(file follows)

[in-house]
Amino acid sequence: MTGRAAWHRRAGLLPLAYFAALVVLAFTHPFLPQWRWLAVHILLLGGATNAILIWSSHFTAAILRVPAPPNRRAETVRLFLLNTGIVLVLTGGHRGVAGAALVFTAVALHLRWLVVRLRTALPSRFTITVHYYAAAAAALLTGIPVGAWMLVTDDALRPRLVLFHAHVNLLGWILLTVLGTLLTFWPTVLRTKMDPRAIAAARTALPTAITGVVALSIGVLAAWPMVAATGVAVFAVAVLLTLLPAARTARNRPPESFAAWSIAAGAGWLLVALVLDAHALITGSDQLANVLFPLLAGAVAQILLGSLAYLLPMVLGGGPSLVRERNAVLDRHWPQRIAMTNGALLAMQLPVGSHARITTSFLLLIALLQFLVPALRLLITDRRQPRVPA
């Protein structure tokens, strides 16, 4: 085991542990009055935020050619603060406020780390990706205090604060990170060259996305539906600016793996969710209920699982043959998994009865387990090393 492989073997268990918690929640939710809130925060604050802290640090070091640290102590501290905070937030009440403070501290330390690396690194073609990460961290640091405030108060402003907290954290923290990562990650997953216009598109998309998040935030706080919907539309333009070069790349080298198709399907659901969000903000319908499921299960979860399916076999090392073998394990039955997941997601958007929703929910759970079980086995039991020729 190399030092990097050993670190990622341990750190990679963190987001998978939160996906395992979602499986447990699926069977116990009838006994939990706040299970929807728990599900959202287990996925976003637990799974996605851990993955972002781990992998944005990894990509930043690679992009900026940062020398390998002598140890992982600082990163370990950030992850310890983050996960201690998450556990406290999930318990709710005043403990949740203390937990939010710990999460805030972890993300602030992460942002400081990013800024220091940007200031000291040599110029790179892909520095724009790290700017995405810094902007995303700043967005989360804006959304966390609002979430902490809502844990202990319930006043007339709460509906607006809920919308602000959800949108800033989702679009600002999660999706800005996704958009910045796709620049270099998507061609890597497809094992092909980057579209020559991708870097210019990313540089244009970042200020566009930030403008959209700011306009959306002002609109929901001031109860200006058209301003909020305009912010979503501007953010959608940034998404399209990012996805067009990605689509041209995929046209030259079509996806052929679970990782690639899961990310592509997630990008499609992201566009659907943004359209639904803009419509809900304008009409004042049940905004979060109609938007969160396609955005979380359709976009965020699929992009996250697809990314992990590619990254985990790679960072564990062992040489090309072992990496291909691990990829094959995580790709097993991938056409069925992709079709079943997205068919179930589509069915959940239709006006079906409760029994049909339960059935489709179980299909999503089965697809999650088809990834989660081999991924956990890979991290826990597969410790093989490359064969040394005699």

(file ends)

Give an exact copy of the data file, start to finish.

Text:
[in-house]
Amino acid sequence: MTGRAAWHRRAGLLPLAYFAALVVLAFTHPFLPQWRWLAVHILLLGGATNAILIWSSHFTAAILRVPAPPNRRAETVRLFLLNTGIVLVLTGGHRGVAGAALVFTAVALHLRWLVVRLRTALPSRFTITVHYYAAAAAALLTGIPVGAWMLVTDDALRPRLVLFHAHVNLLGWILLTVLGTLLTFWPTVLRTKMDPRAIAAARTALPTAITGVVALSIGVLAAWPMVAATGVAVFAVAVLLTLLPAARTARNRPPESFAAWSIAAGAGWLLVALVLDAHALITGSDQLANVLFPLLAGAVAQILLGSLAYLLPMVLGGGPSLVRERNAVLDRHWPQRIAMTNGALLAMQLPVGSHARITTSFLLLIALLQFLVPALRLLITDRRQPRVPA
């Protein structure tokens, strides 16, 4: 085991542990009055935020050619603060406020780390990706205090604060990170060259996305539906600016793996969710209920699982043959998994009865387990090393 492989073997268990918690929640939710809130925060604050802290640090070091640290102590501290905070937030009440403070501290330390690396690194073609990460961290640091405030108060402003907290954290923290990562990650997953216009598109998309998040935030706080919907539309333009070069790349080298198709399907659901969000903000319908499921299960979860399916076999090392073998394990039955997941997601958007929703929910759970079980086995039991020729 190399030092990097050993670190990622341990750190990679963190987001998978939160996906395992979602499986447990699926069977116990009838006994939990706040299970929807728990599900959202287990996925976003637990799974996605851990993955972002781990992998944005990894990509930043690679992009900026940062020398390998002598140890992982600082990163370990950030992850310890983050996960201690998450556990406290999930318990709710005043403990949740203390937990939010710990999460805030972890993300602030992460942002400081990013800024220091940007200031000291040599110029790179892909520095724009790290700017995405810094902007995303700043967005989360804006959304966390609002979430902490809502844990202990319930006043007339709460509906607006809920919308602000959800949108800033989702679009600002999660999706800005996704958009910045796709620049270099998507061609890597497809094992092909980057579209020559991708870097210019990313540089244009970042200020566009930030403008959209700011306009959306002002609109929901001031109860200006058209301003909020305009912010979503501007953010959608940034998404399209990012996805067009990605689509041209995929046209030259079509996806052929679970990782690639899961990310592509997630990008499609992201566009659907943004359209639904803009419509809900304008009409004042049940905004979060109609938007969160396609955005979380359709976009965020699929992009996250697809990314992990590619990254985990790679960072564990062992040489090309072992990496291909691990990829094959995580790709097993991938056409069925992709079709079943997205068919179930589509069915959940239709006006079906409760029994049909339960059935489709179980299909999503089965697809999650088809990834989660081999991924956990890979991290826990597969410790093989490359064969040394005699």